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You are here: Home Blogs Use These Seven Steps to Calculate Duration
Friday, 04 August 2017 11:11

Use These Seven Steps to Calculate Duration

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This content is from the TenStep weekly "tips" email dated 2017.02.08


Use These Seven Steps to Calculate Duration

When you build a schedule you need to understand how to estimate duration. If everyone worked eight hours per day, and was 100% productive for all eight hours, you could easily calculate duration by taking the number of effort hours, divided by the number of resources. For instance, if an activity was estimated at 80 hours, and you have one person assigned, and he works eight hours per day, the duration would be (80 / 8) = 10 days. Likewise, if two people were assigned full time, the duration would be (80 / 2 / 8) = 5 days.                           

However, that perfect productivity is not indicative of how work is actually performed. Therefore, you can convert effort hours to duration activities using the following process.

1. Estimate the productive hours per day

Normally the first step is to determine how many productive hours of work you can count on each person working per day over time. Using a factor of 6.5 productive hours per day will help you take into account socializing, ramp-up time, going to the bathroom etc.

2. Determine how many resources will be applied to each activity

In general, the more resources you can apply to activities, the quicker the activities can be completed. (These are called resource constrained activities.) You need to estimate how much duration can be saved with additional resources. Obviously two resources may be able to complete an activity faster than one person, but it may not be twice as fast. Similarly, a third person may allow the task to be completed sooner, but not in one-third the time. Each additional resource may shorten the duration incrementally - up to a point where additional resources actually will result in a longer duration.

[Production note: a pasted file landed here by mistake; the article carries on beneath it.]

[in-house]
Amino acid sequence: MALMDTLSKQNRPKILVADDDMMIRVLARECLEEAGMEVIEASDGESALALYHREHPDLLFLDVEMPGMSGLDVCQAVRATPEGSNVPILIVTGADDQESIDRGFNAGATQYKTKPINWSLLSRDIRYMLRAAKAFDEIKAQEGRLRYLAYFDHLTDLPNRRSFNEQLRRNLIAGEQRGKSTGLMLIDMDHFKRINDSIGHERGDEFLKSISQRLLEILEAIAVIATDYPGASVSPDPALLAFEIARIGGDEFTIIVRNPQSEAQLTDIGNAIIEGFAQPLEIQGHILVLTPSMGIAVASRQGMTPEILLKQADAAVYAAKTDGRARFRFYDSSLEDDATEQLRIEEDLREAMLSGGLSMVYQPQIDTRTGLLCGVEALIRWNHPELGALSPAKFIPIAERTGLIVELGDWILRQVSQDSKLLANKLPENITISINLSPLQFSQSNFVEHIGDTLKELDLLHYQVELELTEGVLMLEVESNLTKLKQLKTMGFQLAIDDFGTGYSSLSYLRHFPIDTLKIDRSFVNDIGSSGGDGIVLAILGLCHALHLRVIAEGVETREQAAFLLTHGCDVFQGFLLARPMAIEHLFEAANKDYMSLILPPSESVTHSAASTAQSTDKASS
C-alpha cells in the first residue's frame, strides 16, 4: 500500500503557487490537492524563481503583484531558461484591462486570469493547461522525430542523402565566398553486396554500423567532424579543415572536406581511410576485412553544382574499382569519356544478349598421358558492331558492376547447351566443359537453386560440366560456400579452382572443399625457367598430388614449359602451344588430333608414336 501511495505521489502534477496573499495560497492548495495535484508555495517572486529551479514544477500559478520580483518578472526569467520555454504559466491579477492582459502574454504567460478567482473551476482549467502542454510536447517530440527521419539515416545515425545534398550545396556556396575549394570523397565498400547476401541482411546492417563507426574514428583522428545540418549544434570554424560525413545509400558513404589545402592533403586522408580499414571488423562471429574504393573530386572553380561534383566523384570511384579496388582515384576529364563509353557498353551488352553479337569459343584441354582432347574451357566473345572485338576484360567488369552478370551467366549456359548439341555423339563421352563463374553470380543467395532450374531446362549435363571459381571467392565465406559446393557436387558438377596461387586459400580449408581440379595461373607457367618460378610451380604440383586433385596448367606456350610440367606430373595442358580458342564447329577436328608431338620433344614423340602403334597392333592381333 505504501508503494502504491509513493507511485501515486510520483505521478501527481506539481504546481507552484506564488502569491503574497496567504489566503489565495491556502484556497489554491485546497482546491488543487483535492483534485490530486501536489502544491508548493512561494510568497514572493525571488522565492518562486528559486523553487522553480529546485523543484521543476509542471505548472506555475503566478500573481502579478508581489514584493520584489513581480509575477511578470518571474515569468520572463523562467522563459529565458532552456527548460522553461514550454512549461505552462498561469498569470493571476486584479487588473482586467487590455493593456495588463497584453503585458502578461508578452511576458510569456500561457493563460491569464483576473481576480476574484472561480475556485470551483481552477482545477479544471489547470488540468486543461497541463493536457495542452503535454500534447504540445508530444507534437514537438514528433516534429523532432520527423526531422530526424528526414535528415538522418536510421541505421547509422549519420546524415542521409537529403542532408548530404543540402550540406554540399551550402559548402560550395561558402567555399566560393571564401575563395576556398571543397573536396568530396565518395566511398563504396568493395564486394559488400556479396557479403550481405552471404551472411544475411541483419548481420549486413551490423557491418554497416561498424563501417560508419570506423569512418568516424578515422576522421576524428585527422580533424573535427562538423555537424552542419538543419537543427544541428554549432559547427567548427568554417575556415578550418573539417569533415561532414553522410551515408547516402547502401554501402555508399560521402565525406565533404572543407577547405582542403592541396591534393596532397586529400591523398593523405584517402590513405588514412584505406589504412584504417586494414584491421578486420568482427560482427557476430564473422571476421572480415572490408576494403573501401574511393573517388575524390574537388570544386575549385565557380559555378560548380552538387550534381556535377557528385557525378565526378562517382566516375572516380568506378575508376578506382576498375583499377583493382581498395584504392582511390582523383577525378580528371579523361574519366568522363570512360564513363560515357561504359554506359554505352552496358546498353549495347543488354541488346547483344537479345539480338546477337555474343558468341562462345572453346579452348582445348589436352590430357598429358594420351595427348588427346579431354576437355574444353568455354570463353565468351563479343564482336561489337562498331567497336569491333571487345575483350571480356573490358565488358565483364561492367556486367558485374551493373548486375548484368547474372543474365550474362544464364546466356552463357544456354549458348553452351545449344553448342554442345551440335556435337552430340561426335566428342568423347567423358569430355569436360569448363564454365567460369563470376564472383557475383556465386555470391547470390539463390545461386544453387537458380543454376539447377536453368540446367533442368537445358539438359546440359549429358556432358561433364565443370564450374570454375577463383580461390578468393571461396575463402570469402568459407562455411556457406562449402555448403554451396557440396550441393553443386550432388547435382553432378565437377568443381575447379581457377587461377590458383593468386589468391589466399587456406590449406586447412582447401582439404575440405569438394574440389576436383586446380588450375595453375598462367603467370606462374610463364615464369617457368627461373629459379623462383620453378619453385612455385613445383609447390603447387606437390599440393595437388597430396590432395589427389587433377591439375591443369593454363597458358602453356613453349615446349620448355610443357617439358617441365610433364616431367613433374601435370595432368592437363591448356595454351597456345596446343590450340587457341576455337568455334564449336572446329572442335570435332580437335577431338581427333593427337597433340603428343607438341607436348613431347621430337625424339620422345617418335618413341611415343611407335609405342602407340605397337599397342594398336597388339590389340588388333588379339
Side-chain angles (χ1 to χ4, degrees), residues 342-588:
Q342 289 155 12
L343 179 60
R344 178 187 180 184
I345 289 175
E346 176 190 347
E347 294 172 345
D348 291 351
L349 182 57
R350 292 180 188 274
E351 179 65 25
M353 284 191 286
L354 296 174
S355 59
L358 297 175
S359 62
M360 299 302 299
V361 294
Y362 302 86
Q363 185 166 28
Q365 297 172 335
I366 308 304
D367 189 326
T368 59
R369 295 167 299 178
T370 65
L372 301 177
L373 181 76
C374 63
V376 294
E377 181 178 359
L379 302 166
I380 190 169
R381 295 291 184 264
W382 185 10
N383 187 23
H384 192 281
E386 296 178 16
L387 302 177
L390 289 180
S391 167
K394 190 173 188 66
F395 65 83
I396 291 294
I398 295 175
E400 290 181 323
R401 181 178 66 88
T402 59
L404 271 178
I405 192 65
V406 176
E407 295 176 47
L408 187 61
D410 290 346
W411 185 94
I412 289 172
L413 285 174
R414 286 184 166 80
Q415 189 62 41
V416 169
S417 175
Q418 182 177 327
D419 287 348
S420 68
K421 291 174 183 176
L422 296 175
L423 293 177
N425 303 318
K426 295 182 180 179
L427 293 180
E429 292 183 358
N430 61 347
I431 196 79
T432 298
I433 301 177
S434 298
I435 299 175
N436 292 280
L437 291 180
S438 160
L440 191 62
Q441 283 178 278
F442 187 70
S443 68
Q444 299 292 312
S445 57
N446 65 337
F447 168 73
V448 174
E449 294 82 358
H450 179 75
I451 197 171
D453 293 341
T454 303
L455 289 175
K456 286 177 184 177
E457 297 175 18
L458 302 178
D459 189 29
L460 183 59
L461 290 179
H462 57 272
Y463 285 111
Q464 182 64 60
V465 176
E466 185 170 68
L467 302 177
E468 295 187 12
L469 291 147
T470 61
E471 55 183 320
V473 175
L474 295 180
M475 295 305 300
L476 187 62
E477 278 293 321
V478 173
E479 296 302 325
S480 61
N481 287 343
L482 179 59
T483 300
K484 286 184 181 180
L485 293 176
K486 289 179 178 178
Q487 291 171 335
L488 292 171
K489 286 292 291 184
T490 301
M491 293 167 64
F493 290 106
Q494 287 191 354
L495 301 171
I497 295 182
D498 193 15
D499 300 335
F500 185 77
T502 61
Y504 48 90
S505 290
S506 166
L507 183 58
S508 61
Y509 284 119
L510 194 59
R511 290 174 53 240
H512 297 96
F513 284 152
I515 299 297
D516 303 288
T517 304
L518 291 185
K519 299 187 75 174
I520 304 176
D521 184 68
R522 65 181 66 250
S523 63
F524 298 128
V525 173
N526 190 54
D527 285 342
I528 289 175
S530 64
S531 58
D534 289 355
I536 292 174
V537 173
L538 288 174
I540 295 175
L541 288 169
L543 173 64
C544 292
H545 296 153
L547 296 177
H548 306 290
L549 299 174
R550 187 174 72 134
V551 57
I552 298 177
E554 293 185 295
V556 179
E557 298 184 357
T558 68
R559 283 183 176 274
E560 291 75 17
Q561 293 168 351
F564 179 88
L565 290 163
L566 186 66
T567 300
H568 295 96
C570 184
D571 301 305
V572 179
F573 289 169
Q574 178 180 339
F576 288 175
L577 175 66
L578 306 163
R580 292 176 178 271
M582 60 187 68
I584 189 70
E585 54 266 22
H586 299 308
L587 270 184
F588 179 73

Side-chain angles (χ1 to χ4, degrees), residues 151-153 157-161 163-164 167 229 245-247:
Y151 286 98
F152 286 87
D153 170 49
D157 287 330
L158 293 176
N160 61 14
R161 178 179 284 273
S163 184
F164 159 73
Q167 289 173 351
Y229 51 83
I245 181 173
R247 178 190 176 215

3. Factor in available workdays

Take into account holidays, vacations and training.  This was not included in the productivity factor in the first item, since this non-project time can be scheduled and accounted for in advance. For instance, on a three-month project, one team member may be out for two vacation days, while another may also have ten days of vacation. To make your schedule more accurate, take into account any days that you know your team will not be available to work on the project.

4. Take into account any resources that are not full-time

Factor in any resources that are not full time. For instance, if you have a resource allocated 50% of his time, it will take at least twice as long to do any individual activity. If you have an activity that has an estimated effort of 40 hours, and you assign a resource that is only allocated 25% to your project, the resulting duration will be at least four weeks, if not more.

5. Calculate delays and lag-times

Some activities have a small number of effort hours, but a long duration. For instance, a deliverable approval may take one hour, but might take two weeks to schedule the meeting. You need to take this lag time into account for your estimated duration.  

6. Identify resource constraints

When you build your initial schedule, you identify the activities that can be done sequentially and those that can be done in parallel. If you have enough resources, all of the parallel activities can, in fact, be done in parallel. However, you can only do the activities in parallel if you have the right resources available at the right time. There may be a set of activities that can be done in parallel; however they need to be worked on sequentially because only one person has the right skills to do the work. Be sure to factor in resource constraints. This adds additional duration.

7. Document all assumptions

You will never know all the details of a project. Therefore, it is important to document all the assumptions you are making along with the estimate.
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